Thursday, May 4, 2017

Investor ALERT: The Compensation Grid vs trusted advice

Investor advocates always suggest you inquire as to the method of compensation of "advisors" (actual registration category is Dealing representative or salesperson). This is because most “advisors” work to the suitability standard. Under this standard these advisors are not required to act in your best interest. They need only recommend investments that are suitable; not the best or cheapest or least risky. Knowing the method of compensation gives valuable clues as to how they will behave and how you might be able to interpret their recommendations.

In this ALERT we look at the compensation grid, a grid that depicts what percentage payout advisors will receive based on sales in a certain period of time. These complex grid structures are designed by the dealer to skew the recommendations made by investment advisors. The grid clearly puts "advisors" in a conflict-of-interest as the more they sell, the higher percentage commission rate they will receive. 

Here's an illustrative sample :

Generally speaking, advisors will be compensated more richly for producing higher overall annual commissions (as seen by the general increase in payout as you move down the columns). They will also be compensated more richly for generating higher commissions per transaction (as seen by the increasing payouts from left to right). This could be done by trading larger positions or by selling higher commission generating products (like the 5% upfront payout for Deferred Sales Charge mutual funds).
Notice how a Reps “recommendations” can be modified based on how the grid is structured. In this example, high “producers” are highly rewarded and Reps with low sales volume are given little incentive to retain the status quo (that could mean incentive to sell more product , or they resign due to lack of income). Further, incentive is given to placing trades that generate higher commissions as well (either by looking for more money to get the client to invest,recommend leveraging , putting them into a higher allocation to equities which generally generate higher commissions than fixed income products, or charging higher commissions on stock trades).

Some dealers have creative exceptions to the grid, with sales of certain types of products given special payout rates. For example, a dealer may give special incentives to sell proprietary actively-managed mutual funds, new equity issues that it underwrites (IPO’s), or securities of which it has excess inventory that it is eager to reduce . These exceptions and bonuses can be permanent or temporary. All can be harmful to the unsuspecting investor.

The full-service brokerages all have different grids. Fixed payouts can vary with some paying higher than 70% and some paying lower. And not all flat-fee dealers charge the same flat fee to their advisors. The dealers are free to structure the commission payouts as they see fit, and there are no specific rules or regulations which they have to comply with other than certain disclosures.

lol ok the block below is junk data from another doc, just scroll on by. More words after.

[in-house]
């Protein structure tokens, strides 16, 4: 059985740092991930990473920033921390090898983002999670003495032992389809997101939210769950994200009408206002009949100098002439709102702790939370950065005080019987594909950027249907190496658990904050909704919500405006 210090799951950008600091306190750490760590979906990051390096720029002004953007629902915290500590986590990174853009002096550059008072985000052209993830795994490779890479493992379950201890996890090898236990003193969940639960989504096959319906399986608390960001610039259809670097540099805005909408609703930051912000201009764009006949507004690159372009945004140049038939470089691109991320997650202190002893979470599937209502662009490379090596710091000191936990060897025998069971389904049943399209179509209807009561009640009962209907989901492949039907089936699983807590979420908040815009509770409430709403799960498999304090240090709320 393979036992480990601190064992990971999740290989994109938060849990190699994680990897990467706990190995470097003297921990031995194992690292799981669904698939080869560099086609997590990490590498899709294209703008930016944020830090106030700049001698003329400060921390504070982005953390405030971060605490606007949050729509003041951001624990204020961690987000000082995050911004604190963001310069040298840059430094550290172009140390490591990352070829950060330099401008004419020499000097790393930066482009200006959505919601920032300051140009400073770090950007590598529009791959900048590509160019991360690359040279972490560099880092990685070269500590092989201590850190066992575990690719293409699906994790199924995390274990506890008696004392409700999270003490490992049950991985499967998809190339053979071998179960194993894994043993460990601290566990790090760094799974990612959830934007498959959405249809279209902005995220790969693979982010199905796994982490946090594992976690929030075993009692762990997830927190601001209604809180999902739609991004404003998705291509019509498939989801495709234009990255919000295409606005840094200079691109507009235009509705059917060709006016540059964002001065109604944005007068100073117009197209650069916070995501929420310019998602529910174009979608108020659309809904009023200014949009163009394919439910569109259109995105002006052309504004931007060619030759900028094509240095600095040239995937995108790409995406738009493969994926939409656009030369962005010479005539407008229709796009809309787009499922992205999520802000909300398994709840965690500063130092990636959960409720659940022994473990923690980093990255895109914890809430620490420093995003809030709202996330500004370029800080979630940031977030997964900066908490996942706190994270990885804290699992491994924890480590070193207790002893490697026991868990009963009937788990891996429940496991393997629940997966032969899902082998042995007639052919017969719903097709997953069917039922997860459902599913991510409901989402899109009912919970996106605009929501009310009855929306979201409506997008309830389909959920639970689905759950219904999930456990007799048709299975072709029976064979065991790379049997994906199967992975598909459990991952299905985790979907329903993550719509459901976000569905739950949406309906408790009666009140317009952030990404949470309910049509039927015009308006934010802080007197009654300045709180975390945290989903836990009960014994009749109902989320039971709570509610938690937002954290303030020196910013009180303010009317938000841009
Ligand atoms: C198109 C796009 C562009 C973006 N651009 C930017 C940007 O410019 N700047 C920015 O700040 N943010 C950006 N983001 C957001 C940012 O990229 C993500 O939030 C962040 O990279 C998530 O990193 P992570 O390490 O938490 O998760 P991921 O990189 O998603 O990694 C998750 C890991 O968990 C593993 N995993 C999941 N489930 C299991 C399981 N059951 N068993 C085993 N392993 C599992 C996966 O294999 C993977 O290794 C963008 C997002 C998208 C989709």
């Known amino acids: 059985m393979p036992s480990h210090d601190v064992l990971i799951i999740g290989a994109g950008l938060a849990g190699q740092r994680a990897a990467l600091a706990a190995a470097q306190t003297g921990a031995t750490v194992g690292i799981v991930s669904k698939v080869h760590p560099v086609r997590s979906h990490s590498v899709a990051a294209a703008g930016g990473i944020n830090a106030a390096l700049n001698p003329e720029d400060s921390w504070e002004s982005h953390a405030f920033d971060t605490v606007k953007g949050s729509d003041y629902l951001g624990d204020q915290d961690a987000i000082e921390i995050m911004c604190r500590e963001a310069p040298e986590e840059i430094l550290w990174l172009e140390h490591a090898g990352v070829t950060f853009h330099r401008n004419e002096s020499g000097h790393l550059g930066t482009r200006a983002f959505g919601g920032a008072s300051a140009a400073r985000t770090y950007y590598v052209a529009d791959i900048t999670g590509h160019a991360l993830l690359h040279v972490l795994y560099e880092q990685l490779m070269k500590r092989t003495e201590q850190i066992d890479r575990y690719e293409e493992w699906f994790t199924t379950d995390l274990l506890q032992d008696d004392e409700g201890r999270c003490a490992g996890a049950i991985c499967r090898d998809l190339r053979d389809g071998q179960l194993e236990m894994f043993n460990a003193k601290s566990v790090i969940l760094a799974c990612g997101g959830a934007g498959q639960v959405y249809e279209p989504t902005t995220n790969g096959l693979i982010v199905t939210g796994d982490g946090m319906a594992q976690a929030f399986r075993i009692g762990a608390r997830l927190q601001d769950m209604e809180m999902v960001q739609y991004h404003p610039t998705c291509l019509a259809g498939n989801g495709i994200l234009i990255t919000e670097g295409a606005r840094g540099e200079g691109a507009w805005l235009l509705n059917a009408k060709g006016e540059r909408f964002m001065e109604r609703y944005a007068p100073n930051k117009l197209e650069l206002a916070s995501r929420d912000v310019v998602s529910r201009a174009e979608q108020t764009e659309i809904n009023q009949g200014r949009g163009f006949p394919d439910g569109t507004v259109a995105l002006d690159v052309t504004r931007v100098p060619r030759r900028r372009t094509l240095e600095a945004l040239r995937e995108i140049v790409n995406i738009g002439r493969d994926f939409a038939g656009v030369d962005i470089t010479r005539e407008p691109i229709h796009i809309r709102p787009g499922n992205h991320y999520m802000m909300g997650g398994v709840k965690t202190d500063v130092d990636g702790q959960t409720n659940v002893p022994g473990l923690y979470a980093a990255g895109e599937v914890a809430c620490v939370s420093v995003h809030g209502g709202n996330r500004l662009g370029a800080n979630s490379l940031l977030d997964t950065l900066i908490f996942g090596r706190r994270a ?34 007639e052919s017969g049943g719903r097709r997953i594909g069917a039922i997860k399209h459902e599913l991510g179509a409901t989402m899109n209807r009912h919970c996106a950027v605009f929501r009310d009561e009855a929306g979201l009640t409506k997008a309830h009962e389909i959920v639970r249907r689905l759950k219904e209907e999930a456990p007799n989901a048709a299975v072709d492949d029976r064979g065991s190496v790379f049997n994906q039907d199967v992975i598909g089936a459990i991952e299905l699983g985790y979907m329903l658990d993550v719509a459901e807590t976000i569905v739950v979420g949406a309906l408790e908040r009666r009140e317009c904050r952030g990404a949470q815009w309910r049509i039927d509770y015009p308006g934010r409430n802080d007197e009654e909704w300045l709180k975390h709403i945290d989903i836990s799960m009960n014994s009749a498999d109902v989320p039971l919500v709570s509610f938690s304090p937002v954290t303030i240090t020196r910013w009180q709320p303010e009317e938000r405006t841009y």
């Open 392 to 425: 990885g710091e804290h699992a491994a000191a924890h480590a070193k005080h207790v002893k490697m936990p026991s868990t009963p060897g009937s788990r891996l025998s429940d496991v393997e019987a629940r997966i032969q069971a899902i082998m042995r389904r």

According to another by-product of some grids is that by the end of the year, if a Rep is near the next production level (i.e. He/she has generated annual gross commissions of $375,000 for the year), then by finding a way to generate another $25,000 in commissions in the final month moves the Rep up a grid level. The new payout may apply retroactively to all commissions for the year. For example, let’s assume that our broker has $399,999 in gross commissions for the year. If they ended the year at that level (and assuming all tickets were at the $500+ level) then they would have earned $195,999.51 in net commissions. If they made only one more dollar of commissions (gross) then they jump up a grid level and their net commission jumps to $204,000. So that $1 dollar in extra gross commissions was worth about $8,000 (net) to the advisor. Imagine the incredible motivation to sell that $1 to an unsuspecting retail investor.

Temporary sales bonuses traditionally have been referred to as "flavor of the month" promotions. The concept of offering special sales incentives for certain products, especially in-house products, has come under increasing fire since they can put the financial advisor's interests at odds with those of his or her clients. As a result, a few firms have done away with such special incentives, and tout their "open architecture" approach that leaves the financial advisor undistracted in seeking the best investment vehicles for the client. Calls for securities firms and financial advisors to be subject to the more stringent fiduciary standard, as opposed to the looser suitability standard that traditionally has bound them, often have cited practices such as "flavor of the month" promotions and trailer commissions as evidence that regulatory reforms are necessary.

Compensation grids and sales targets are coming under greater scrutiny as the Investment Industry Regulatory Organization of Canada (IIROC) steps up an assessment of how the country’s investment dealers handle compensation-related conflicts. Investment dealers will be required to turn over their compensation grids as a standard item in every upcoming business compliance exam, so the self-regulatory agency can “better review dealers’ treatment of compensation-related conflicts,” IIROC has said. The grids will help determine whether clients are being put into investments that trigger richer rewards for Reps and dealers. A 2014-2016 IIROC review, which looked at how well investment firms are meeting a requirement to manage compensation-related conflicts in the best interest of the client, found that firms were relying too heavily on disclosure of conflicts without first addressing them with clients in another way. In other words, CAVEAT EMPTOR- the grid is after your money .

No comments:

Post a Comment

Note: Only a member of this blog may post a comment.